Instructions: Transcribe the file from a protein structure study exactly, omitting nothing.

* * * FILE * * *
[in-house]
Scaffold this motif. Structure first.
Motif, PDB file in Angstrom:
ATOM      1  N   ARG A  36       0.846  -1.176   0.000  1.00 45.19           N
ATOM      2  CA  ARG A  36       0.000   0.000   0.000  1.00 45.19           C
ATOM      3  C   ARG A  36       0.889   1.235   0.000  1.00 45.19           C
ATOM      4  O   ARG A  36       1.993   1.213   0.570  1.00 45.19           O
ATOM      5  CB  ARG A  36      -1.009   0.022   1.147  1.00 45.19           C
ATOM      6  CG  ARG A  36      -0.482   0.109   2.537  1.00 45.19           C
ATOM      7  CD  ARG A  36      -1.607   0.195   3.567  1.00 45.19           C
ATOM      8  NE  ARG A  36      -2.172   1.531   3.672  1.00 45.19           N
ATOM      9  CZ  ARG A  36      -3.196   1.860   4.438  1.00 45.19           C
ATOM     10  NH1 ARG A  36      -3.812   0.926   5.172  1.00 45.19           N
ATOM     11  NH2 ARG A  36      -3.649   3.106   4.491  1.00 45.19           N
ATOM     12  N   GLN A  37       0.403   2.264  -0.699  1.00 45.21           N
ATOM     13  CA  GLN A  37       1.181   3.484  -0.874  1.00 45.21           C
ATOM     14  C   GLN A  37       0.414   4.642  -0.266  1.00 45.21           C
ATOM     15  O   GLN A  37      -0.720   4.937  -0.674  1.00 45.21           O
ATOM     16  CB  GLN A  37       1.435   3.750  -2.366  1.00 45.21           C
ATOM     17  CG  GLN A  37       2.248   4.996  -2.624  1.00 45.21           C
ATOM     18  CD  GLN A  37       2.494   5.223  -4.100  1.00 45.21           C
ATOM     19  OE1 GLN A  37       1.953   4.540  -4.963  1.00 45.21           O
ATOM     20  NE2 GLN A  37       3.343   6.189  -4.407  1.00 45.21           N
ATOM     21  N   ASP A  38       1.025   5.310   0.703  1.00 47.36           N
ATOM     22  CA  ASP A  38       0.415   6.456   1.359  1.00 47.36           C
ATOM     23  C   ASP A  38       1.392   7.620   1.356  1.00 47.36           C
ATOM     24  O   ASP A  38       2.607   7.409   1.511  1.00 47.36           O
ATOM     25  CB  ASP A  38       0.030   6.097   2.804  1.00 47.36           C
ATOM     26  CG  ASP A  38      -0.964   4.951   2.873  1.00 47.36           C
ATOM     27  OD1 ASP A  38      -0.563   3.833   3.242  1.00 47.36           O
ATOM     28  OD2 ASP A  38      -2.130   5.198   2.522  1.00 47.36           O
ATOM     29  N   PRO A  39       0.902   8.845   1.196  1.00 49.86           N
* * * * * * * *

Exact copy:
[in-house]
Scaffold this motif. Structure first.
Motif, PDB file in Angstrom:
ATOM      1  N   ARG A  36       0.846  -1.176   0.000  1.00 45.19           N
ATOM      2  CA  ARG A  36       0.000   0.000   0.000  1.00 45.19           C
ATOM      3  C   ARG A  36       0.889   1.235   0.000  1.00 45.19           C
ATOM      4  O   ARG A  36       1.993   1.213   0.570  1.00 45.19           O
ATOM      5  CB  ARG A  36      -1.009   0.022   1.147  1.00 45.19           C
ATOM      6  CG  ARG A  36      -0.482   0.109   2.537  1.00 45.19           C
ATOM      7  CD  ARG A  36      -1.607   0.195   3.567  1.00 45.19           C
ATOM      8  NE  ARG A  36      -2.172   1.531   3.672  1.00 45.19           N
ATOM      9  CZ  ARG A  36      -3.196   1.860   4.438  1.00 45.19           C
ATOM     10  NH1 ARG A  36      -3.812   0.926   5.172  1.00 45.19           N
ATOM     11  NH2 ARG A  36      -3.649   3.106   4.491  1.00 45.19           N
ATOM     12  N   GLN A  37       0.403   2.264  -0.699  1.00 45.21           N
ATOM     13  CA  GLN A  37       1.181   3.484  -0.874  1.00 45.21           C
ATOM     14  C   GLN A  37       0.414   4.642  -0.266  1.00 45.21           C
ATOM     15  O   GLN A  37      -0.720   4.937  -0.674  1.00 45.21           O
ATOM     16  CB  GLN A  37       1.435   3.750  -2.366  1.00 45.21           C
ATOM     17  CG  GLN A  37       2.248   4.996  -2.624  1.00 45.21           C
ATOM     18  CD  GLN A  37       2.494   5.223  -4.100  1.00 45.21           C
ATOM     19  OE1 GLN A  37       1.953   4.540  -4.963  1.00 45.21           O
ATOM     20  NE2 GLN A  37       3.343   6.189  -4.407  1.00 45.21           N
ATOM     21  N   ASP A  38       1.025   5.310   0.703  1.00 47.36           N
ATOM     22  CA  ASP A  38       0.415   6.456   1.359  1.00 47.36           C
ATOM     23  C   ASP A  38       1.392   7.620   1.356  1.00 47.36           C
ATOM     24  O   ASP A  38       2.607   7.409   1.511  1.00 47.36           O
ATOM     25  CB  ASP A  38       0.030   6.097   2.804  1.00 47.36           C
ATOM     26  CG  ASP A  38      -0.964   4.951   2.873  1.00 47.36           C
ATOM     27  OD1 ASP A  38      -0.563   3.833   3.242  1.00 47.36           O
ATOM     28  OD2 ASP A  38      -2.130   5.198   2.522  1.00 47.36           O
ATOM     29  N   PRO A  39       0.902   8.845   1.196  1.00 49.86           N